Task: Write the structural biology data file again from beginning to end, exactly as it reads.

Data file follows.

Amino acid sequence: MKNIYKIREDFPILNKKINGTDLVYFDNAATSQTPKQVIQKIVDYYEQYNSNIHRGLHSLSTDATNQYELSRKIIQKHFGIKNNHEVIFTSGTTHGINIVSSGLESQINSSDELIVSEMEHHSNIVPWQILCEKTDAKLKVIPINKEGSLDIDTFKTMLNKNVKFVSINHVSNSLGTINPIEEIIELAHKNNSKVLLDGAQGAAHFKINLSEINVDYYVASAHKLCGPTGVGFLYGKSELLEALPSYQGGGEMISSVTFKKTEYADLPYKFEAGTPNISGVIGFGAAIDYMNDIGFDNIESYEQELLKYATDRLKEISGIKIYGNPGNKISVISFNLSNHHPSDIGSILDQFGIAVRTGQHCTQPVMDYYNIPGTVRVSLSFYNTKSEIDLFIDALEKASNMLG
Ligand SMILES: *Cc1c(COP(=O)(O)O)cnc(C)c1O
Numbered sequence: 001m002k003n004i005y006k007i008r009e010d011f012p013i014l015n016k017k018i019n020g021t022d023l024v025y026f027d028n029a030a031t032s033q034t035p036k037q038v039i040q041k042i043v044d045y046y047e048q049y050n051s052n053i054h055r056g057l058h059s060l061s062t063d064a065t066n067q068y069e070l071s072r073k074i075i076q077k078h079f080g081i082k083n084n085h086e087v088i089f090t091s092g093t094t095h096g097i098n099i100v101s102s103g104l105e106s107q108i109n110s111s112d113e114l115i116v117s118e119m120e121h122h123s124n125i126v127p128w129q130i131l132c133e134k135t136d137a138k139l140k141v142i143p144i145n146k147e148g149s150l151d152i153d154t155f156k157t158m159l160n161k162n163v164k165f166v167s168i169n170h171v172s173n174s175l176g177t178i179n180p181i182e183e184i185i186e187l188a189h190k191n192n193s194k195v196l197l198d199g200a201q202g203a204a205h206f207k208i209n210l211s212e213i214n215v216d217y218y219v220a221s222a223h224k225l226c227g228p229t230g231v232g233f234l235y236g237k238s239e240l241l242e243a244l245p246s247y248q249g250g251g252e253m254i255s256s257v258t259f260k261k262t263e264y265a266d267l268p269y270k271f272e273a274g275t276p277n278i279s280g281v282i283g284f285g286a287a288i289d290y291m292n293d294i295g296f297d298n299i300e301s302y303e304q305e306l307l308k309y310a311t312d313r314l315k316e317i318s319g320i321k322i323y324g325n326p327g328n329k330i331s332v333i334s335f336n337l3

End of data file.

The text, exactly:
Amino acid sequence: MKNIYKIREDFPILNKKINGTDLVYFDNAATSQTPKQVIQKIVDYYEQYNSNIHRGLHSLSTDATNQYELSRKIIQKHFGIKNNHEVIFTSGTTHGINIVSSGLESQINSSDELIVSEMEHHSNIVPWQILCEKTDAKLKVIPINKEGSLDIDTFKTMLNKNVKFVSINHVSNSLGTINPIEEIIELAHKNNSKVLLDGAQGAAHFKINLSEINVDYYVASAHKLCGPTGVGFLYGKSELLEALPSYQGGGEMISSVTFKKTEYADLPYKFEAGTPNISGVIGFGAAIDYMNDIGFDNIESYEQELLKYATDRLKEISGIKIYGNPGNKISVISFNLSNHHPSDIGSILDQFGIAVRTGQHCTQPVMDYYNIPGTVRVSLSFYNTKSEIDLFIDALEKASNMLG
Ligand SMILES: *Cc1c(COP(=O)(O)O)cnc(C)c1O
Numbered sequence: 001m002k003n004i005y006k007i008r009e010d011f012p013i014l015n016k017k018i019n020g021t022d023l024v025y026f027d028n029a030a031t032s033q034t035p036k037q038v039i040q041k042i043v044d045y046y047e048q049y050n051s052n053i054h055r056g057l058h059s060l061s062t063d064a065t066n067q068y069e070l071s072r073k074i075i076q077k078h079f080g081i082k083n084n085h086e087v088i089f090t091s092g093t094t095h096g097i098n099i100v101s102s103g104l105e106s107q108i109n110s111s112d113e114l115i116v117s118e119m120e121h122h123s124n125i126v127p128w129q130i131l132c133e134k135t136d137a138k139l140k141v142i143p144i145n146k147e148g149s150l151d152i153d154t155f156k157t158m159l160n161k162n163v164k165f166v167s168i169n170h171v172s173n174s175l176g177t178i179n180p181i182e183e184i185i186e187l188a189h190k191n192n193s194k195v196l197l198d199g200a201q202g203a204a205h206f207k208i209n210l211s212e213i214n215v216d217y218y219v220a221s222a223h224k225l226c227g228p229t230g231v232g233f234l235y236g237k238s239e240l241l242e243a244l245p246s247y248q249g250g251g252e253m254i255s256s257v258t259f260k261k262t263e264y265a266d267l268p269y270k271f272e273a274g275t276p277n278i279s280g281v282i283g284f285g286a287a288i289d290y291m292n293d294i295g296f297d298n299i300e301s302y303e304q305e306l307l308k309y310a311t312d313r314l315k316e317i318s319g320i321k322i323y324g325n326p327g328n329k330i331s332v333i334s335f336n337l3